Perfection is overrated.
I’ve probably prepared well over 1,000 kids for their b’nei mitzvah, and by far, the number one fear any of them have expressed is that when they’re standing on the bimah, chanting their haftorah or a part of the service, they’ll make a mistake.
Well-meaning parents and other adults feed into this by assuring their kids that if they do happen to make an error, “no one will even notice,” or “it’ll be OK because people don’t know what you’re saying anyway.”
I, on the other hand, love mistakes. They bring variety and personality into the service. I have had kids lose their place in the text and look back at me in a panic. After I quietly feed them the next word, they go right on. Kids will start the tune for Hatzi Kaddish instead of Kaddish Shalem. Usually, they’ll realize their error about halfway through the text, and then I enjoy seeing that little glance over at me with “oops” on their face.
During one service, I was holding the Siddur for the bar mitzvah kid so he could hold the Torah and sing his part. I got distracted and moved the Siddur away before he was done with the page, causing him to fumble on the now hidden text. He looked up at me with an expression only a 13 year old can give to an adult–to which I muttered, “Oh, sorry.” That had to be over 20 years ago and I still remember it.
One of my favorite sights is when we begin marching around with the Torah–usually a stately procession around the sanctuary–but the nervous kid takes off like a drag racer down the middle aisle, causing a frenzy of lunging congregants falling over themselves trying to kiss the Torah before it rushes by.
Who needs another cookie-cutter, perfectly executed, robotic rendition of the text? When a kid makes a mistake, mangles a word, starts a wrong tune, inadvertently skips a page, has a voice crack, forgets to come in…then he or she has owned the service. It means they haven’t simply memorized a bunch of lines, but rather are reading and singing in real time, out of the Siddur, along with the congregation. The service becomes real and organic.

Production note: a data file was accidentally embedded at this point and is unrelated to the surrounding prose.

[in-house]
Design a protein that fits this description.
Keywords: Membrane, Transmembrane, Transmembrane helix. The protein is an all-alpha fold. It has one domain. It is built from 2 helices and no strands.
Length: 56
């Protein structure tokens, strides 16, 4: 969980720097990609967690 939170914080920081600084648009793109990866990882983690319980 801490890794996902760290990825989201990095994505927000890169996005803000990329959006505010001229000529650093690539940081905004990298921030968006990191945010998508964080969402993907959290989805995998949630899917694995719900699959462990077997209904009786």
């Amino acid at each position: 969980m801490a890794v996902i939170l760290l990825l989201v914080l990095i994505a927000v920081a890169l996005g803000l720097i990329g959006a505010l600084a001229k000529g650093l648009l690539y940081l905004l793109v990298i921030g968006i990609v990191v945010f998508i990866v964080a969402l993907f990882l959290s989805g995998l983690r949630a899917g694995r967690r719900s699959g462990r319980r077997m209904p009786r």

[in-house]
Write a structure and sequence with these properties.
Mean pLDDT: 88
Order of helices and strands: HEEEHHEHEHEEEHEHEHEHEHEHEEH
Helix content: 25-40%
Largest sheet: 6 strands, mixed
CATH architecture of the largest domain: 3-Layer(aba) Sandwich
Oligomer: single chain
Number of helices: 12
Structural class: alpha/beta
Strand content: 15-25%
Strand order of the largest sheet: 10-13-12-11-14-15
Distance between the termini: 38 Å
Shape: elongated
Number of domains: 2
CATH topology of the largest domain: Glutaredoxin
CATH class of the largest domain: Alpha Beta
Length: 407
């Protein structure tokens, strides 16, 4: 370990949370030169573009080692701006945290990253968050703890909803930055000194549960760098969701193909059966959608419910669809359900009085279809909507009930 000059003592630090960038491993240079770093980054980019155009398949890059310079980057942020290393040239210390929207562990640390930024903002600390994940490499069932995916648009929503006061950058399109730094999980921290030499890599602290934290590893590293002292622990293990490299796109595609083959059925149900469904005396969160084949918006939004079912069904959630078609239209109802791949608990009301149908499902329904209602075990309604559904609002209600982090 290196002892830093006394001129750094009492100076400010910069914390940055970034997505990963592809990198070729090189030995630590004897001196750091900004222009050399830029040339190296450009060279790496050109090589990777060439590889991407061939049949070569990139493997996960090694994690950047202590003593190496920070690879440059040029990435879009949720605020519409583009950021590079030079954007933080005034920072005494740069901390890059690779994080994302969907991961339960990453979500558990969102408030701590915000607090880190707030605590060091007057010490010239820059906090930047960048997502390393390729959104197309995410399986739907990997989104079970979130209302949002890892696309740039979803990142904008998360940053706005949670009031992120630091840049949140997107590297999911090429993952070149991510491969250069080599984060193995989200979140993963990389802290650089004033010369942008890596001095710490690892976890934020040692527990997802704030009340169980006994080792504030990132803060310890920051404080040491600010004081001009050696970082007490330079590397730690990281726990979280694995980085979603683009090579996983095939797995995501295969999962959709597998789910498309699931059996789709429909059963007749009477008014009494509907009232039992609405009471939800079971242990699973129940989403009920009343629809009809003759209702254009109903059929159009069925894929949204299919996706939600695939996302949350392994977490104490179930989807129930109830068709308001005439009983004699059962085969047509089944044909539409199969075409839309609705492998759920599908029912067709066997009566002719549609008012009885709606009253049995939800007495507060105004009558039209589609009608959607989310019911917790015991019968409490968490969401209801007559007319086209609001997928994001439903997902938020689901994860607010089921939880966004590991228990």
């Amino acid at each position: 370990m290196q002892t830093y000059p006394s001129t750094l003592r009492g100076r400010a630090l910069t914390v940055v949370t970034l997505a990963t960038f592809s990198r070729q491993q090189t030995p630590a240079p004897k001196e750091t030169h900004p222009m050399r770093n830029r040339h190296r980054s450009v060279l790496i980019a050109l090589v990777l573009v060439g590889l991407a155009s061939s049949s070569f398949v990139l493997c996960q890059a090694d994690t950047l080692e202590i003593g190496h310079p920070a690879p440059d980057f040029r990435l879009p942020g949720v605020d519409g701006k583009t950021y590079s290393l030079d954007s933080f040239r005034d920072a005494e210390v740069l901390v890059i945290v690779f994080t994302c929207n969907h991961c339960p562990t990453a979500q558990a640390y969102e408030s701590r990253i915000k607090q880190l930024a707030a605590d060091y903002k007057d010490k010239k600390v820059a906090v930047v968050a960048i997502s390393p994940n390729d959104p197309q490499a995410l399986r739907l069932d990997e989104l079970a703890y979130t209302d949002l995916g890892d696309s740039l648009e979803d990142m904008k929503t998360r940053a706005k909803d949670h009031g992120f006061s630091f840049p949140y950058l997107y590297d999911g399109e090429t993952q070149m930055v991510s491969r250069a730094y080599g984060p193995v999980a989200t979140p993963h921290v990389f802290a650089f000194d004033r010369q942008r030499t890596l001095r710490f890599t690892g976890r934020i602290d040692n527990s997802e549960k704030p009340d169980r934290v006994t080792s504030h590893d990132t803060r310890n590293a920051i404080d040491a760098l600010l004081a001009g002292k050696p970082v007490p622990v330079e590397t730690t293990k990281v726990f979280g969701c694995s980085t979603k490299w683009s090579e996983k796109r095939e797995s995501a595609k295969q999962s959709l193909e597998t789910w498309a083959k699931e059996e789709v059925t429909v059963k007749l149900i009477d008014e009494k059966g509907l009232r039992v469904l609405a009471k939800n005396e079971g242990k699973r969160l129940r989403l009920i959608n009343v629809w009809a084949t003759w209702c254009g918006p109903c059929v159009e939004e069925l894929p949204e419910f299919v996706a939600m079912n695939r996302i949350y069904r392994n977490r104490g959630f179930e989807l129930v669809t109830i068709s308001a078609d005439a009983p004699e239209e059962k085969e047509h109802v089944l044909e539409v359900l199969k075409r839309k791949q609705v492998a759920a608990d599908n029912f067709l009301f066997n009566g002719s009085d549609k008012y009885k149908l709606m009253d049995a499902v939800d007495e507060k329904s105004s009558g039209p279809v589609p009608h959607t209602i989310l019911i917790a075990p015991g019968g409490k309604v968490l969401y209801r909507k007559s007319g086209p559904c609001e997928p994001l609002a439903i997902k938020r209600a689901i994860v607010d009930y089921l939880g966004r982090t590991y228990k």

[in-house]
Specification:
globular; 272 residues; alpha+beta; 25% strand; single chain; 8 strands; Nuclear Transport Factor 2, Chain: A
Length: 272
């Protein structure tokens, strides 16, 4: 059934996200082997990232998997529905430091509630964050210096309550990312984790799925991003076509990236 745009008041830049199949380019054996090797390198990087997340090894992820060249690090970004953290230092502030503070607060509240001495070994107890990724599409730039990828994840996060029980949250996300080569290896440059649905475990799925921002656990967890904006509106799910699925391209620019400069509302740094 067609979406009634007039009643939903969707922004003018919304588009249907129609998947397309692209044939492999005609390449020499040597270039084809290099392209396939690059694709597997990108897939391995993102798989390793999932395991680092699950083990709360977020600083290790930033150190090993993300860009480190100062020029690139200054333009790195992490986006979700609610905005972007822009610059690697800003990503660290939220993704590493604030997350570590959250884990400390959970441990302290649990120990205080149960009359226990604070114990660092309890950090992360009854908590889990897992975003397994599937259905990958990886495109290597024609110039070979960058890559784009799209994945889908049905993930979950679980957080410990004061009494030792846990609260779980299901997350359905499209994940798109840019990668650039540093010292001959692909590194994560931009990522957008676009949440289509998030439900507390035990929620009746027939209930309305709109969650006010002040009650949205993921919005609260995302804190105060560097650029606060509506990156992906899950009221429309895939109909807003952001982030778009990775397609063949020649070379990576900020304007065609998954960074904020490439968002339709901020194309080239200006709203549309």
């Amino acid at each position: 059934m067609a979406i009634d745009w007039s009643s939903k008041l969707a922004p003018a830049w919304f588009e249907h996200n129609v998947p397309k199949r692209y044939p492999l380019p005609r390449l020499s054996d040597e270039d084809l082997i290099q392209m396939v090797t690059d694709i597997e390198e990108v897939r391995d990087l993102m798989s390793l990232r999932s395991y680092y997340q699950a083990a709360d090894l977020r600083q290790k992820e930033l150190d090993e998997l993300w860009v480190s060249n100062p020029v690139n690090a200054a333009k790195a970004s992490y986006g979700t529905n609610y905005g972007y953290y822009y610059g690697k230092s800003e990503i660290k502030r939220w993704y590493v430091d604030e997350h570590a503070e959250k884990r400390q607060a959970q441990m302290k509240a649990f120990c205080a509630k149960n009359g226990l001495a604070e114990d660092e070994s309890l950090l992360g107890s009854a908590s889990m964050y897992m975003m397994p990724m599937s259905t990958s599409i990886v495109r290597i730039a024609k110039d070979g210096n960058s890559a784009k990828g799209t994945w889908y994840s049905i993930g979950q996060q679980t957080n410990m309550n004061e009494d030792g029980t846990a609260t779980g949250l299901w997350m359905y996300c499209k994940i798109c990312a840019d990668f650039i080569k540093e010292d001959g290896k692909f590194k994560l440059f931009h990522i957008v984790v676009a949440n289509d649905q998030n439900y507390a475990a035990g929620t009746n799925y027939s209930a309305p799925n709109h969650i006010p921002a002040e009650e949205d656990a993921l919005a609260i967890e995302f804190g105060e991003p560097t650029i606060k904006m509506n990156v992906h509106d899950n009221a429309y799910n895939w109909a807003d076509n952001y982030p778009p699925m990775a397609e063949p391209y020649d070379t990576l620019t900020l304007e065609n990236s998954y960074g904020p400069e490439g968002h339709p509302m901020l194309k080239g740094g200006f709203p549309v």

And to finally put that tired advice to rest–yes, the congregation noticed your mistake. But no one cared. It made them more connected to the service, more interested in how much effort you’ve put in, and given them an understanding that it’s really hard for any kid or adult to get up in front of people and make a presentation.
Terrific column, Matt!
I am nearly 70-years-old as I write this note, so my bar mitzvah took place many years ago. Back then, I had a severe stutter. Interestingly, stutters don’t stutter when they sing; somehow the stutter disappears in the flowing music. As part of my bar mitzvah, however, I was asked to recite the Ten Commandments in front of the congregation. Because I did not sing the Ten Commandments, my stutter was on full display. As I remember, it took me ten minutes to recite the Ten Commandments, much to my mortification and embarrassment, to me and the congregation. As I look back now on that occasion, I wish my father had come up onto the bima to rescue me, to put his arm around me and say to me that I didn’t have to finish reciting the Ten Commandments, that I had done enough. So, mistakes are, indeed, made by the young bar or bat mitzvah, whether through his or her fault, or through the fault of a distracted cantor. But sometimes those mistakes can leave a long-lasting mark. I now realize I didn’t do anything wrong so many years ago with my recitation of the Ten Commandments at my bar mitzvah; I was a stutterer, and I did what stutterers do. I don’t write this note as criticism of your wonderfully written essay, but just to emphasize the wide and wonderful range of the human condition.